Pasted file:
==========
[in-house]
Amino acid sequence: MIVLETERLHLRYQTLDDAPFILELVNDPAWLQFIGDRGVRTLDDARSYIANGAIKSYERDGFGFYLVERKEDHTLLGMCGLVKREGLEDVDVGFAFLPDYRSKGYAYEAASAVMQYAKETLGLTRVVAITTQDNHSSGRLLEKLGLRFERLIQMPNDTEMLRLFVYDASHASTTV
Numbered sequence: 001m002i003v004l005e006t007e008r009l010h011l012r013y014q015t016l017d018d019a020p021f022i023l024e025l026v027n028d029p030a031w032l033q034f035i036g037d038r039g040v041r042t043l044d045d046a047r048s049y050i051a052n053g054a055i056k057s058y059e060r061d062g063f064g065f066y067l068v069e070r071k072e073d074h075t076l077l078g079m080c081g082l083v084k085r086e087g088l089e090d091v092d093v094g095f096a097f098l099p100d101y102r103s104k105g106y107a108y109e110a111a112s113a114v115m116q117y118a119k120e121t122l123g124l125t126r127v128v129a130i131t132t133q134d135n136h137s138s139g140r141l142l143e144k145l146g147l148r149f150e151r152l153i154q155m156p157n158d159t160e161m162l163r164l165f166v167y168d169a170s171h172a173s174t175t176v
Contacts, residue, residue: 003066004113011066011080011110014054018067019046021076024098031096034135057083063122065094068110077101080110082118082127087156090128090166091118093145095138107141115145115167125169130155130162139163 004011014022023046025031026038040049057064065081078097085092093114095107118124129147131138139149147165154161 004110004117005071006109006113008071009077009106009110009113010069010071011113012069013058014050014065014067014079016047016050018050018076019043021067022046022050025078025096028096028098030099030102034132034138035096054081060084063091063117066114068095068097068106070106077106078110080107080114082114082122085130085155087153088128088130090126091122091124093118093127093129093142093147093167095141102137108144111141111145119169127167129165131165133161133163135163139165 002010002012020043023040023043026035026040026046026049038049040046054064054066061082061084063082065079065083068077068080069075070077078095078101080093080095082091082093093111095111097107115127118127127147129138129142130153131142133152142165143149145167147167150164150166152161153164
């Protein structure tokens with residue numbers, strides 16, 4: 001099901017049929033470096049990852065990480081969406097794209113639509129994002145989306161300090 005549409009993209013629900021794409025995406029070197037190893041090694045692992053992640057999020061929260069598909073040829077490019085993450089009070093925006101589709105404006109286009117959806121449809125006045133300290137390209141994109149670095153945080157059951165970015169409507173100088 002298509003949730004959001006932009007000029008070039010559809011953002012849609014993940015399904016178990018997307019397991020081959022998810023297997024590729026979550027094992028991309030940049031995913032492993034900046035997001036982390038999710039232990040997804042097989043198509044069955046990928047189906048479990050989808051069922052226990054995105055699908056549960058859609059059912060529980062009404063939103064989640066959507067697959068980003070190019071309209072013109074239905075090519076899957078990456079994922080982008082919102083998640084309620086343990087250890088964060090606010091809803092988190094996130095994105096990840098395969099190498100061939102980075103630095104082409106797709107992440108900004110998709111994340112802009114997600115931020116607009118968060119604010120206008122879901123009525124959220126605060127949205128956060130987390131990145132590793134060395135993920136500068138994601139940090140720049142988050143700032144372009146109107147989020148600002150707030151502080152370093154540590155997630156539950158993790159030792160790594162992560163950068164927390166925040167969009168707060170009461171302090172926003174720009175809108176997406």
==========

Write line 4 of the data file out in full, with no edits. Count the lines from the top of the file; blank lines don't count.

Contacts, residue, residue: 003066004113011066011080011110014054018067019046021076024098031096034135057083063122065094068110077101080110082118082127087156090128090166091118093145095138107141115145115167125169130155130162139163 004011014022023046025031026038040049057064065081078097085092093114095107118124129147131138139149147165154161 004110004117005071006109006113008071009077009106009110009113010069010071011113012069013058014050014065014067014079016047016050018050018076019043021067022046022050025078025096028096028098030099030102034132034138035096054081060084063091063117066114068095068097068106070106077106078110080107080114082114082122085130085155087153088128088130090126091122091124093118093127093129093142093147093167095141102137108144111141111145119169127167129165131165133161133163135163139165 002010002012020043023040023043026035026040026046026049038049040046054064054066061082061084063082065079065083068077068080069075070077078095078101080093080095082091082093093111095111097107115127118127127147129138129142130153131142133152142165143149145167147167150164150166152161153164